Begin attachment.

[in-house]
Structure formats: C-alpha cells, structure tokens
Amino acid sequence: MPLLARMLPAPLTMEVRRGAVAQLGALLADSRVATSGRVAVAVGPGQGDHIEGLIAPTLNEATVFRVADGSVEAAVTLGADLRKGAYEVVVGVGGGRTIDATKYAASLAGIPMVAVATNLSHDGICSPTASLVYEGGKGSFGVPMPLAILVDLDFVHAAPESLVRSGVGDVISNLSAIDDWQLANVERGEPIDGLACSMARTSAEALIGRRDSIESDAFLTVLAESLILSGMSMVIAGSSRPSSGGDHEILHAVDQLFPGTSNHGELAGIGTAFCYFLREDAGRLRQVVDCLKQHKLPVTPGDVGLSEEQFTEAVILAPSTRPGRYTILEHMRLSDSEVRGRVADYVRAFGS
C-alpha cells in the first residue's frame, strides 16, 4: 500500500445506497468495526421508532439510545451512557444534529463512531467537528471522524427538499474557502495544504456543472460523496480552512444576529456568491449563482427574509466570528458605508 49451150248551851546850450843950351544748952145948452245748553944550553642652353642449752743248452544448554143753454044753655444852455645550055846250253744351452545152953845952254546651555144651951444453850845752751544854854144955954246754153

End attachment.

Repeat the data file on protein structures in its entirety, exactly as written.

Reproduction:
[in-house]
Structure formats: C-alpha cells, structure tokens
Amino acid sequence: MPLLARMLPAPLTMEVRRGAVAQLGALLADSRVATSGRVAVAVGPGQGDHIEGLIAPTLNEATVFRVADGSVEAAVTLGADLRKGAYEVVVGVGGGRTIDATKYAASLAGIPMVAVATNLSHDGICSPTASLVYEGGKGSFGVPMPLAILVDLDFVHAAPESLVRSGVGDVISNLSAIDDWQLANVERGEPIDGLACSMARTSAEALIGRRDSIESDAFLTVLAESLILSGMSMVIAGSSRPSSGGDHEILHAVDQLFPGTSNHGELAGIGTAFCYFLREDAGRLRQVVDCLKQHKLPVTPGDVGLSEEQFTEAVILAPSTRPGRYTILEHMRLSDSEVRGRVADYVRAFGS
C-alpha cells in the first residue's frame, strides 16, 4: 500500500445506497468495526421508532439510545451512557444534529463512531467537528471522524427538499474557502495544504456543472460523496480552512444576529456568491449563482427574509466570528458605508 49451150248551851546850450843950351544748952145948452245748553944550553642652353642449752743248452544448554143753454044753655444852455645550055846250253744351452545152953845952254546651555144651951444453850845752751544854854144955954246754153